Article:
Weekly Mars rover report

This week the Mars rover “Curiosity” has been taking cool self-portraits and checking out the instruments that will analyze the Martian minerals. They’re also going to take videos of the Martian moons Phobos and Deimos overhead. Finally, they’ll move the rover a bit closer to its target, the interesting site Glenelg.  It’s only 400 m from the landing site, but the rover moves slowly.

Here’s the video weekly report, only 1 min 40 sec long; watch it.

h/t: Michael

11 Comments

  1. Michael Fisher
    Posted September 13, 2012 at 1:24 pm | Permalink

    The most valuable Lincoln Cent in the universe?

    Lincoln Cent on Mars Rover

    The Lincoln penny in this photograph [see link] is part of a camera calibration target attached to NASA’s Mars rover Curiosity […] The penny is a nod to geologists’ tradition of placing a coin or other object of known scale as a size reference in close-up photographs of rocks, and it gives the public a familiar object for perceiving size easily when it will be viewed by MAHLI on Mars.

    The specific coin, provided by MAHLI’s principal investigator, Ken Edgett, is a 1909 “VDB” penny. That was the first year Lincoln pennies were minted and the centennial of Abraham Lincoln’s birth. The VDB refers to the initials of the coin’s designer, Victor D. Brenner, which are on the reverse side. Brenner based the coin’s low-relief portrait of Lincoln on a photograph taken Feb. 9, 1864, three day’s before Lincoln’s 55th birthday, by Anthony Berger in the Washington, D.C., studio of Mathew Brady

  2. Posted September 13, 2012 at 1:40 pm | Permalink

    Reblogged this on Star Bear Publications and commented:
    Rover Adventures Continue

  3. nurnord
    Posted September 13, 2012 at 2:30 pm | Permalink

    IN GOD WE TRUST

    On the coin !
    I wonder how long it will take the bible thumpers to realise and start boasting, that their god (not worthy of a capital) has essentially been endorsed on another planet ! Imagine a martian reading it and thinking it applies to every human ‘over there’ ! Nightmare !

    • Hempenstein
      Posted September 13, 2012 at 3:30 pm | Permalink

      Too bad it wasn’t a Buffalo nickel – no IGWT on them. And, altho motivated for a different reason, if Teddy Roosevelt had had his way, it wouldn’t be on any coinage, as witness the original godless St Gaudens double eagles of 1907&8.

  4. Torbjörn Larsson, OM
    Posted September 13, 2012 at 3:57 pm | Permalink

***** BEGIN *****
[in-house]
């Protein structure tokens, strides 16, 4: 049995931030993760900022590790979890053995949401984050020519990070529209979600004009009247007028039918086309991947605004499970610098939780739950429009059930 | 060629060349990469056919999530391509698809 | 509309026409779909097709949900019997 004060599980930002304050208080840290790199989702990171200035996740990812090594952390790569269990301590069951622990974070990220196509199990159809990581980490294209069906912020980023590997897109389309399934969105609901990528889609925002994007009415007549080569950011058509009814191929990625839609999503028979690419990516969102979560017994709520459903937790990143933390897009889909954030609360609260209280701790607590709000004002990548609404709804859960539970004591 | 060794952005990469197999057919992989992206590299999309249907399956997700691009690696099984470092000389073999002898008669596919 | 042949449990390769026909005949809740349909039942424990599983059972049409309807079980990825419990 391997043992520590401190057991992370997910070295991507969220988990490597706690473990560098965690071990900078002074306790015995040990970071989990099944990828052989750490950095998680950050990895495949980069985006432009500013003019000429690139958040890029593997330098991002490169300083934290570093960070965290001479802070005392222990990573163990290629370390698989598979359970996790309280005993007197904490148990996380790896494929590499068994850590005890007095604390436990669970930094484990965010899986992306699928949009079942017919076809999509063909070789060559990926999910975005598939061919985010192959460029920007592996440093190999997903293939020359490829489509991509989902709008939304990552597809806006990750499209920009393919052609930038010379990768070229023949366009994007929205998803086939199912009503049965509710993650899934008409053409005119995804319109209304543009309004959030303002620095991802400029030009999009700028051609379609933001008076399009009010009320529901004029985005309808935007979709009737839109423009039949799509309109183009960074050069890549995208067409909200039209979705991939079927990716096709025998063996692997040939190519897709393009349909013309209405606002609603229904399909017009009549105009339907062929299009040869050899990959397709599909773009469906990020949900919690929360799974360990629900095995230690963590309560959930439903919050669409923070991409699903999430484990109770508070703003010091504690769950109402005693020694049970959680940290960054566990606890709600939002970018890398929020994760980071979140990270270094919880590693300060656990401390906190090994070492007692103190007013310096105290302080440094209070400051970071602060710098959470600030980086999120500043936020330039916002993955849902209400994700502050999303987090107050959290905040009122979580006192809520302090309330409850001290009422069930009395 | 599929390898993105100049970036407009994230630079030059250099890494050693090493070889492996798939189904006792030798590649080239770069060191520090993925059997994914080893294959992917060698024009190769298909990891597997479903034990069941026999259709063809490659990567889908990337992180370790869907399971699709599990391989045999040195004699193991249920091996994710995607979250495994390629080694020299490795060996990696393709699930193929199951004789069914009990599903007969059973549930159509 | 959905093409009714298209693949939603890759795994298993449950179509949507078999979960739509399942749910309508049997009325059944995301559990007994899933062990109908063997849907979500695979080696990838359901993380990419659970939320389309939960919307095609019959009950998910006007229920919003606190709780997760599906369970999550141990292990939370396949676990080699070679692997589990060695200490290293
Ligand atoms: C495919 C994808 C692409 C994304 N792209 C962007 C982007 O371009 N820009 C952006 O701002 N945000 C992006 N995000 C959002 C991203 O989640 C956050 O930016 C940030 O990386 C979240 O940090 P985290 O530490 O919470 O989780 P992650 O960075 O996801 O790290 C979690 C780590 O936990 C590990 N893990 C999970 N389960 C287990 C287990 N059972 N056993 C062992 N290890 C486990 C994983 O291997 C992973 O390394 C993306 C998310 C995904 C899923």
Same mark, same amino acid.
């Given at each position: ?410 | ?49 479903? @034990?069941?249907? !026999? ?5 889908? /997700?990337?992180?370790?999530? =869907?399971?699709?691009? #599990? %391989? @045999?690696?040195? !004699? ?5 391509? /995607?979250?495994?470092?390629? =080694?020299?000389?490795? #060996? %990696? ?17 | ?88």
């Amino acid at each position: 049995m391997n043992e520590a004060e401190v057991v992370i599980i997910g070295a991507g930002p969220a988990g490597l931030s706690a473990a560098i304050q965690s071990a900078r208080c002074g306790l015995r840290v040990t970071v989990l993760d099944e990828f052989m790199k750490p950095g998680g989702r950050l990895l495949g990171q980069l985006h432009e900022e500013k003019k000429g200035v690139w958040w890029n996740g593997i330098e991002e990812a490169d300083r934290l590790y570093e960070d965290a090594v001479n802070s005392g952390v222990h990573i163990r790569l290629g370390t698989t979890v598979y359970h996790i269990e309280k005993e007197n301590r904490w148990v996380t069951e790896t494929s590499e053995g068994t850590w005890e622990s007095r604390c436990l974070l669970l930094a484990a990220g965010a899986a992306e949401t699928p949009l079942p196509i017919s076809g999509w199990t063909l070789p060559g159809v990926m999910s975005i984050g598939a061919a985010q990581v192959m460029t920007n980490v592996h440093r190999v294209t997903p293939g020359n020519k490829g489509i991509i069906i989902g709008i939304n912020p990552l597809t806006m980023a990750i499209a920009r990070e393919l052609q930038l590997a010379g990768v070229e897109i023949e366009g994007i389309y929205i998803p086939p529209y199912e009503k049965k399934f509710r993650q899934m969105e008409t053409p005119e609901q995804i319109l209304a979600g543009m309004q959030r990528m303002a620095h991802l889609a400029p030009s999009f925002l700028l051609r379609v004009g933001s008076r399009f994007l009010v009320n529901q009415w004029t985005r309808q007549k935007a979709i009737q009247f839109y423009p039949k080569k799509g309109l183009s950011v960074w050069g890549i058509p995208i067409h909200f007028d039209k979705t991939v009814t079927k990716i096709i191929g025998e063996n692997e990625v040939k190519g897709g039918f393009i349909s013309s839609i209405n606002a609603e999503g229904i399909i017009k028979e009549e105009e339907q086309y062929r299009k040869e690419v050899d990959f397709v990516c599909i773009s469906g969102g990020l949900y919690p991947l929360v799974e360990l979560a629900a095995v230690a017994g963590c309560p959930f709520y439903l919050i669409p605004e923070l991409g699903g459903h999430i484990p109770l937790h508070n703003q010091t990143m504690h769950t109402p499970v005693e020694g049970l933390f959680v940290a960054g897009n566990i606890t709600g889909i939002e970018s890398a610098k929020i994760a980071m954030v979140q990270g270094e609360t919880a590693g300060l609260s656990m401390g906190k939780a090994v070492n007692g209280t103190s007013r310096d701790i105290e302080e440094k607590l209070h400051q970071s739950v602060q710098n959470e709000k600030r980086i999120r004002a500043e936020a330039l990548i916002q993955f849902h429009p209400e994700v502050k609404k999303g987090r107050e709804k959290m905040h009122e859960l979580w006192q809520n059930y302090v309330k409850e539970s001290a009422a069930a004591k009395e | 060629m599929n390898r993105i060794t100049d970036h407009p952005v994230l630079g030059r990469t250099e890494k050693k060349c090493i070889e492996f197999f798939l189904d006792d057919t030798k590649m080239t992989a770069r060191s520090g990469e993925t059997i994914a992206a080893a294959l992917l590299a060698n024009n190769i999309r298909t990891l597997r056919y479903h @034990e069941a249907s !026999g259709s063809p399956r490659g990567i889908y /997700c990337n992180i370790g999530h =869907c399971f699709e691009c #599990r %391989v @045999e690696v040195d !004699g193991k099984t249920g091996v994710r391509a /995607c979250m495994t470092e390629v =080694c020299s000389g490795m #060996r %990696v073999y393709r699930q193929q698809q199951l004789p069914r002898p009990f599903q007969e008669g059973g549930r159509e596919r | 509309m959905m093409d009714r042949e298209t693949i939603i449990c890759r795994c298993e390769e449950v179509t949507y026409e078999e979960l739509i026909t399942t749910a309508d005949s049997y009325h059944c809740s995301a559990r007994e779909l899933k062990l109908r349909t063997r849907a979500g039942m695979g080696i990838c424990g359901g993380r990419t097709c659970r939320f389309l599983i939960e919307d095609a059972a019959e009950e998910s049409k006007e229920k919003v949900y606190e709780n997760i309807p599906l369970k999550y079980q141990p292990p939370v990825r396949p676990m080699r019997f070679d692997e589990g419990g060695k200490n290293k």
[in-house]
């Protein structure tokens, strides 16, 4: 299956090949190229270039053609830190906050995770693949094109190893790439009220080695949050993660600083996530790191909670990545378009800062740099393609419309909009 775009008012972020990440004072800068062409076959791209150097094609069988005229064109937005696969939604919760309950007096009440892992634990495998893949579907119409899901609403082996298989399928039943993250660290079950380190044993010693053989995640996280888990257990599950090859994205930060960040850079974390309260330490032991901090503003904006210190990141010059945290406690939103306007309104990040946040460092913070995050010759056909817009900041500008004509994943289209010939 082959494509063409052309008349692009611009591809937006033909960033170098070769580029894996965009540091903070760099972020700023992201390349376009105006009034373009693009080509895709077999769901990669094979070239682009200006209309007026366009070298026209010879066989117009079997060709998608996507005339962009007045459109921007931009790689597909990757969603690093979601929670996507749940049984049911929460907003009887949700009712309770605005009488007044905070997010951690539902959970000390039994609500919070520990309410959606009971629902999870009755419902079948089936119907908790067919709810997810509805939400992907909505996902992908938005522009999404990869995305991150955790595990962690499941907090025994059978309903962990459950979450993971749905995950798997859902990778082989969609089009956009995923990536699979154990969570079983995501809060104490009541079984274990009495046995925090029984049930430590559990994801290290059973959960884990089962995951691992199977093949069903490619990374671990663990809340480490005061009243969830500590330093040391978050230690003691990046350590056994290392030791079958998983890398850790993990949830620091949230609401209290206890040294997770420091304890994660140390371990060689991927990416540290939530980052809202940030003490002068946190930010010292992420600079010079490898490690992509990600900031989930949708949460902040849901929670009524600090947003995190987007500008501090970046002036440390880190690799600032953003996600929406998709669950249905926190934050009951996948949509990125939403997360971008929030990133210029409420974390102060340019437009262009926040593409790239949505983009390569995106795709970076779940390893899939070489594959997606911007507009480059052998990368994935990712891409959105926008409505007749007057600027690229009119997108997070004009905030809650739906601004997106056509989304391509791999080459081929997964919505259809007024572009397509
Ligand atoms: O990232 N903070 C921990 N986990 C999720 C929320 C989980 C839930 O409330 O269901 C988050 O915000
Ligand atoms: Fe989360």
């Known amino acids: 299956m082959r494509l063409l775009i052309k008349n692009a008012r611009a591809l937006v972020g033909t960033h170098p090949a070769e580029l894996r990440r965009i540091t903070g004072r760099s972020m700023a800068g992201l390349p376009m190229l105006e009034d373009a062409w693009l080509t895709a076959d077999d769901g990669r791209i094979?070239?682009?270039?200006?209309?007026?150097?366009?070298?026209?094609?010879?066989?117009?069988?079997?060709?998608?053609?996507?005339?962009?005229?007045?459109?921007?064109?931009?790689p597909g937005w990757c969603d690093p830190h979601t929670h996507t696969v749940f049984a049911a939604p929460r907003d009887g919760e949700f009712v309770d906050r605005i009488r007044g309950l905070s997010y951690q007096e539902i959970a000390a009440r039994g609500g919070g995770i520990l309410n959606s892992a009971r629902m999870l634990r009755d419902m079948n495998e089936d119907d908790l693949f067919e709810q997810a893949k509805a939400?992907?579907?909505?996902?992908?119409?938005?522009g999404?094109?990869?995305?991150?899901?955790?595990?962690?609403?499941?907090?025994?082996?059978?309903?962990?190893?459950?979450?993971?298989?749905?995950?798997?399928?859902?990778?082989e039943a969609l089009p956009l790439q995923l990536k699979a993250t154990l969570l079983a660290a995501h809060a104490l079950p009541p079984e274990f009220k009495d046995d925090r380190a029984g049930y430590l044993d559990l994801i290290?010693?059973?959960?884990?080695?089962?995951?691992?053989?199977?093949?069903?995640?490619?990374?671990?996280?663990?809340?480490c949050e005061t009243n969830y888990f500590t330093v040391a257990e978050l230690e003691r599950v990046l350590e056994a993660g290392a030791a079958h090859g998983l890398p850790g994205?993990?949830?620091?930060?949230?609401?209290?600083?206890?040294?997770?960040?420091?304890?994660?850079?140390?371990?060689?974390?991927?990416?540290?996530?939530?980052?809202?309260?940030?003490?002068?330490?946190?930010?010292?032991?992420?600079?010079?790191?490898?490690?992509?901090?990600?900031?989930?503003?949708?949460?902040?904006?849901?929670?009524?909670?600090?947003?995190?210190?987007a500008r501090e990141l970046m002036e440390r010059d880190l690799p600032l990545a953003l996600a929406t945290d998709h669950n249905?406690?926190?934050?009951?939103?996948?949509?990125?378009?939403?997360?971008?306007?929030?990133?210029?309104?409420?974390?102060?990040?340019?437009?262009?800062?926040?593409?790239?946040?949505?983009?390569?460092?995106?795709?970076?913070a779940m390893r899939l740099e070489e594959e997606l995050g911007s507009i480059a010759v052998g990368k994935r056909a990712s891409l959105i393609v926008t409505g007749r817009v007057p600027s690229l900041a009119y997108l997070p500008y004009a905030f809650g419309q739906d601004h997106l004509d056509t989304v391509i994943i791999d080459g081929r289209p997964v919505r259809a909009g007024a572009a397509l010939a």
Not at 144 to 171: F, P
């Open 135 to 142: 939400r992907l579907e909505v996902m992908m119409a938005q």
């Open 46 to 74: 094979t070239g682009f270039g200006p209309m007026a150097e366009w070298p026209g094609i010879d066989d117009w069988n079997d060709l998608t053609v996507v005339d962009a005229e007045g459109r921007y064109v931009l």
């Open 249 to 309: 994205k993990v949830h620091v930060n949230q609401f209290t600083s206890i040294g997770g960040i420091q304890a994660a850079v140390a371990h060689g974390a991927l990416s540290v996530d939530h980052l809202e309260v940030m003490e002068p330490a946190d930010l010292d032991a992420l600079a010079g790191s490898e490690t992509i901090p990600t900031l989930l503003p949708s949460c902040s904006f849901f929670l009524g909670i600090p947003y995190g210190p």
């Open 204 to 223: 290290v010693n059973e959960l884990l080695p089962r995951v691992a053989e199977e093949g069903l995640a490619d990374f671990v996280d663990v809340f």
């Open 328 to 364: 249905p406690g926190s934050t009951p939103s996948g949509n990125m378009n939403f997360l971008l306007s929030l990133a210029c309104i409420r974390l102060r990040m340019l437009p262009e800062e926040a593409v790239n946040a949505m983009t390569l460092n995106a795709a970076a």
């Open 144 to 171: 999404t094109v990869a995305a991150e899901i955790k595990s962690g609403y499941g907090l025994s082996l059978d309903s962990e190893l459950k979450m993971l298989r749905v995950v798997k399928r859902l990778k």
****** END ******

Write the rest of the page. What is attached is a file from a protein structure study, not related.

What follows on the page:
No signs of results from the SAM experiment looking for methane in the atmosphere, started over a week ago and presumed to deliver results “the next week”.

    Oh well, there’s still Friday.

    • Torbjörn Larsson, OM
      Posted September 13, 2012 at 4:40 pm | Permalink

      Speaking of Curiosity, I’m not sure if astrobiology is off topic since this is filed under “astronomy”.

      If not, the big astrobiology news today is Gustavo Caetano-Anolles et al protein fold family work on large genome megaviruses and medium large genome viruses that draws up a complete and rooted ToL with Viruses at the root. Apparently Viruses use many of the oldest folds, and all the different methods make 4 distinct domains with a Viruses – Archaea – Bacteria/Eukaryote tree.

      The reason this hasn’t been obvious in earlier data is early reductive evolution, I take it. “Thus, mimiviruses (and megaviruses) should be viewed as the least reduced forms of an ancestral virus or cell that either coevolved or predated the cellular ancestors.”

      Eye-balling their protein fold domain tree, it seems to me these viruses split off early when the domain diversification started, making a nice correlation. But maybe they couldn’t test for that with the data at hand.

      How the distinction between different RNA and DNA viruses fits into the picture I don’t get, I have to read it. “Modern day viruses are recognized by smaller gene repertoires. It is possible they are also the reduced forms of an ancient viral lineage that coexisted with LUCA (very much like the dsDNA viruses we studied). It is less likely however that their initial origin was polyphyletic and driven by HGT from cells.”

      • Posted September 13, 2012 at 7:17 pm | Permalink

        Speaking of Curiosity, I’m not sure if astrobiology is off topic since this is filed under “astronomy”.

        Even if it’s offtopic, I appreciate it — and I hope Ceiling Cat doesn’t frown on it. I rather doubt he would, but….

        Anyway, thanks! Here’s hoping you find plenty more opportunities to post similar updates in the future.

        b&

      • Dominic
        Posted September 14, 2012 at 5:43 am | Permalink

        Always on the ball!

  5. docbill1351
    Posted September 13, 2012 at 4:37 pm | Permalink

    Check this out:

    HD movie of descent.

    Watch full screen!


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